If there’s one really negative thing for me to say about this book, it’s that despite being, as the cover says, ‘Tales of the Grotesque,’ none of them are really scary.  They’re psychologically disturbing and often involve extremely disturbed individuals, but there’s none of that chilling sensation that makes you check to be sure the door is locked and bolted, which is so common in authors like M.R. James and Ambrose Bierce.  That is, with one exception, the story I’m going to look at.


Our story starts with Whitney driving toward his brother’s house after having had a premonition based on the fact that his wealthy brother, Quinn, had apparently “started drinking again, he’d threatened his wife, Ellen, and perhaps their daughters too, it was a familiar story, and depressing.”  Oates loves the comma, but in the context of her writing it doesn’t feel tiresome; it develops a natural cadence, like someone taking breaths as they speak.

Whitney is also feeling odd because he couldn’t reach his brother at home or at work.  When he gets to the house, there’s no one answering and he sees suitcases inside.  “Whitney recalled a rumor he’d heard a few weeks ago, that Quinn had spoken of traveling to some exorbitantly costly exotic place, the Seychelles, with one of his women friends.”  He anticipates an unpleasant family Christmas, and remembers Quinn’s barely-veiled violence in the past.  “Thinking, though, that it isn’t just desperate, impoverished men who kill their families”.  Growing increasingly concerned, he remembers how Quinn had at one point become very jealous, accusing even Whitney of sleeping with Ellen, although he had later recanted.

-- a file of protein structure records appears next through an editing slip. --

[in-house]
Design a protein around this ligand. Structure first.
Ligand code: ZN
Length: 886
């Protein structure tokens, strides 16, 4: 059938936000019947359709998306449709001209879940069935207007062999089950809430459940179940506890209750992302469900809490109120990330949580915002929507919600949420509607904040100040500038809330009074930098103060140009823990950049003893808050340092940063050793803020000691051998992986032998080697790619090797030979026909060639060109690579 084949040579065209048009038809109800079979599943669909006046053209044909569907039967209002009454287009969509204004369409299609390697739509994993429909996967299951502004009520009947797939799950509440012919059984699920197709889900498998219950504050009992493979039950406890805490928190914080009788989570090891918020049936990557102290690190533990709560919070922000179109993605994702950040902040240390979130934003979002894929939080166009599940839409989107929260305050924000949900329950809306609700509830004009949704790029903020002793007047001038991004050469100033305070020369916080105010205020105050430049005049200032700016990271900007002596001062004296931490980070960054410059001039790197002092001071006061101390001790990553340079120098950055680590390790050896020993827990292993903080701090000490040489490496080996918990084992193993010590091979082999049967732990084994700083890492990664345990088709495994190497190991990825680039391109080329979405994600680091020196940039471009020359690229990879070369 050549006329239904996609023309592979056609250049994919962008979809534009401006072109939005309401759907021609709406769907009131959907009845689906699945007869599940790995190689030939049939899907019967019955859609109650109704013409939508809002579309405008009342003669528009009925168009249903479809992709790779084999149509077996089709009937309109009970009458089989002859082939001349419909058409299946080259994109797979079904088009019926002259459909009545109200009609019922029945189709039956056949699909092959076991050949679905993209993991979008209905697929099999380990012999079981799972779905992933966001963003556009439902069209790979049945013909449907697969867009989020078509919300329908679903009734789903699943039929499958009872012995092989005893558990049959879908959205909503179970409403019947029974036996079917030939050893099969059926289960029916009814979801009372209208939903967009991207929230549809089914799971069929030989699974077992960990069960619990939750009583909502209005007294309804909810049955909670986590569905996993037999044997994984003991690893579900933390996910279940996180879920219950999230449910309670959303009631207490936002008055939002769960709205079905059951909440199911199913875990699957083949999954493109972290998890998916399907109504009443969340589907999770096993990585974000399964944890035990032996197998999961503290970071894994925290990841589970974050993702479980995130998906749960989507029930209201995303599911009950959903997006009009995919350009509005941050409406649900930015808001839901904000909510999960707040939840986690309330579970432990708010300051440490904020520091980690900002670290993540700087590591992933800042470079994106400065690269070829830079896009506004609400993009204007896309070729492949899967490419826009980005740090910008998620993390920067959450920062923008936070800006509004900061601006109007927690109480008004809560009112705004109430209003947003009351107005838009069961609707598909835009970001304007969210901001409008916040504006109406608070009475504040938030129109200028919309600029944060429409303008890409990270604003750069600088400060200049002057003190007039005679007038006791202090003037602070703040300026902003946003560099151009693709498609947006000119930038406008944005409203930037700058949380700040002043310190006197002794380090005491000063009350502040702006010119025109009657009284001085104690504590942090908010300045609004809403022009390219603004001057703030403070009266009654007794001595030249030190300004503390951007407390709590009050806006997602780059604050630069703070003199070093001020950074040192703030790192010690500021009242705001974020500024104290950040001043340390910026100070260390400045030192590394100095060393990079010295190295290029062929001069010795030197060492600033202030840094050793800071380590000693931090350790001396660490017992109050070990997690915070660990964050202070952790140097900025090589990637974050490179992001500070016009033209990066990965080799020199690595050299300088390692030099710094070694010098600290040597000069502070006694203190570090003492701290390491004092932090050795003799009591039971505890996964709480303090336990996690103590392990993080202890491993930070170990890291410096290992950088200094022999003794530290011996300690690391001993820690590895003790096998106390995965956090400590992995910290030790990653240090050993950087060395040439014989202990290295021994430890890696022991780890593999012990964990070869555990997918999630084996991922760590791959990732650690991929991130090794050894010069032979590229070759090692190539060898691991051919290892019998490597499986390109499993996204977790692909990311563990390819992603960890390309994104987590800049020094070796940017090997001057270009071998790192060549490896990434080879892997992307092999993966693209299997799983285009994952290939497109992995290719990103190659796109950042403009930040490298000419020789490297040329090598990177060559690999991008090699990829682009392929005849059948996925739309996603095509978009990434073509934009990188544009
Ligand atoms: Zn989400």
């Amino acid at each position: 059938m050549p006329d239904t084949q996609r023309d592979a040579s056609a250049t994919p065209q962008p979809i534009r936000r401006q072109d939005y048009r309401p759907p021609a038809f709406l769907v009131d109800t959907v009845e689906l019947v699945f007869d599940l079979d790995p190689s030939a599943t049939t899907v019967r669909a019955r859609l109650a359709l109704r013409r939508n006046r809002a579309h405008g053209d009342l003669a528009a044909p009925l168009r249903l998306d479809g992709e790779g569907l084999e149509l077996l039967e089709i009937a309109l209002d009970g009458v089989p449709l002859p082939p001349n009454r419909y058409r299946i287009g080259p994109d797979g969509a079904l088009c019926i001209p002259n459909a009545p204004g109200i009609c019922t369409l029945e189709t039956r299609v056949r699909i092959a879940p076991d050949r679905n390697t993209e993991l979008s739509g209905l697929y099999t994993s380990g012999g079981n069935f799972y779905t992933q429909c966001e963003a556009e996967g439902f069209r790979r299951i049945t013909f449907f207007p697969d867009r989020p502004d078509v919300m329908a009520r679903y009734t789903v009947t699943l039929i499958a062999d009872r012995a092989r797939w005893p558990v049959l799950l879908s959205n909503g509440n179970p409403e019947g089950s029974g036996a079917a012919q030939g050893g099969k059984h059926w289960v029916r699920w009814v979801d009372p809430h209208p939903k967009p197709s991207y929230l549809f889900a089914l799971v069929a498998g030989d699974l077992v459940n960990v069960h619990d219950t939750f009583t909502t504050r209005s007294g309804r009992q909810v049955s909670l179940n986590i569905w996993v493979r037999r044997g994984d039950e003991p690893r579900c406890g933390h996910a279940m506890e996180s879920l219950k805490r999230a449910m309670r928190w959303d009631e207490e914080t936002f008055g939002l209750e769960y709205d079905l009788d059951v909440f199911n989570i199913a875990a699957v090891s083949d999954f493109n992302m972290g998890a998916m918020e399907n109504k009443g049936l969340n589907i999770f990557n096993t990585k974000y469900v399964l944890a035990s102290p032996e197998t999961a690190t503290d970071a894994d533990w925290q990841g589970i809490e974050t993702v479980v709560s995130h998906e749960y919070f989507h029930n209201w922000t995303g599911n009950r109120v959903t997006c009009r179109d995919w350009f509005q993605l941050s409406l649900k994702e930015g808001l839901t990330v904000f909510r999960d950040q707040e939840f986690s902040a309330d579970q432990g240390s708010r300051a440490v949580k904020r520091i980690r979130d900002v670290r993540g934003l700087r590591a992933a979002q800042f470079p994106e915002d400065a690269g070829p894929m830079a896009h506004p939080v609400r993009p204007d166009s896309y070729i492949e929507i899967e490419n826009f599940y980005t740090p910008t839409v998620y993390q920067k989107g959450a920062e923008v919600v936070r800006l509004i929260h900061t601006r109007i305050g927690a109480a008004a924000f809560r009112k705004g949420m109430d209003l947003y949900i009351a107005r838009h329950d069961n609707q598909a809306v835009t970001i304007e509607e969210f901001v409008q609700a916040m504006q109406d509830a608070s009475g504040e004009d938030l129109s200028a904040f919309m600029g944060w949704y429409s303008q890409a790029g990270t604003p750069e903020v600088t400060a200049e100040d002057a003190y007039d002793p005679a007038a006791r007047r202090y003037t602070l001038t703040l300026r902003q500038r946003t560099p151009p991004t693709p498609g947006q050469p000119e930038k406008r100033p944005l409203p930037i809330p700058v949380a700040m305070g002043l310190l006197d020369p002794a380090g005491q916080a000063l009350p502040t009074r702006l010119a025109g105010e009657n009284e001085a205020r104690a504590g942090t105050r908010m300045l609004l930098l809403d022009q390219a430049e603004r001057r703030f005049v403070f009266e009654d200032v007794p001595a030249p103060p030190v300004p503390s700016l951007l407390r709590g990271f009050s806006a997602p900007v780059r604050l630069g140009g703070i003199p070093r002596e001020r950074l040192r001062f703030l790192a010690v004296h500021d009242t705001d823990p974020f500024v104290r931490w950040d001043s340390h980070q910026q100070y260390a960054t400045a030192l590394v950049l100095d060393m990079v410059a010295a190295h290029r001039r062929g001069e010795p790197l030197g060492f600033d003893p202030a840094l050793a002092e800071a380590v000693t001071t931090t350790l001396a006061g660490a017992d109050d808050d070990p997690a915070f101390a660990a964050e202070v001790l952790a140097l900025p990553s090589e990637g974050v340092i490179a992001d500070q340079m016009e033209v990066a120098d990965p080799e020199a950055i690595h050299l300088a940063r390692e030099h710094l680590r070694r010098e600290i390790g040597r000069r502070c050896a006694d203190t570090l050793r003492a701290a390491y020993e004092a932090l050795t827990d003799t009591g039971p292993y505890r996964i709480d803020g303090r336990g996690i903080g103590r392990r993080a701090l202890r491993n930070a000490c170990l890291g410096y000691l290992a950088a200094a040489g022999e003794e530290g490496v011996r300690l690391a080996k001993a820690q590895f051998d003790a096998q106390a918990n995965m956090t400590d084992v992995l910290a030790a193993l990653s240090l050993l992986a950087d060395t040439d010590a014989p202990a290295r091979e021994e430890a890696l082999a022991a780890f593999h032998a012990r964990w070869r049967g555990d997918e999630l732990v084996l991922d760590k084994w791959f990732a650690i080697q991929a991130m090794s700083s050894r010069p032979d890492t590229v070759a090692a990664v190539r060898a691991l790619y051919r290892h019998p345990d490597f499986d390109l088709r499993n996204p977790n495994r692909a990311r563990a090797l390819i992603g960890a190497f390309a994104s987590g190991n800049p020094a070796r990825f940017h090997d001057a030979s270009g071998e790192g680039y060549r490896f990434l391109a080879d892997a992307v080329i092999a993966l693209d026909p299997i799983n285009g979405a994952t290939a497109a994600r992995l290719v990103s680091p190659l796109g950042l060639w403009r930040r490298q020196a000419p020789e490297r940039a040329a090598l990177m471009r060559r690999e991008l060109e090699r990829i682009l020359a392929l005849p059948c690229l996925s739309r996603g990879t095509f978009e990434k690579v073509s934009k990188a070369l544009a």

Whitney is very relieved when Ellen answers the door with “a look of fatigue in her face, yet something feverish, virtually festive, as well.”  She seems confused with Whitney says he was worried, and laughs.  The two girls come in to see Uncle Whitney, and everyone seems a little jittery.  Ellen says that Quinn is gone on a business trip, but they’re to be going soon to, joining him on a trip, and they’re all going to miss Christmas.  The near vacation is apparently what is making them giddy, although Whitney is suspicious of Quinn.  “Whitney deduced that Quinn had gone off with his latest woman friend, to the Seychelles, or wherever; he’d managed to convince his credulous wife that he was on one of his ‘confidential’ business trips, and she seemed satisfied by—grateful for?—the explanation.”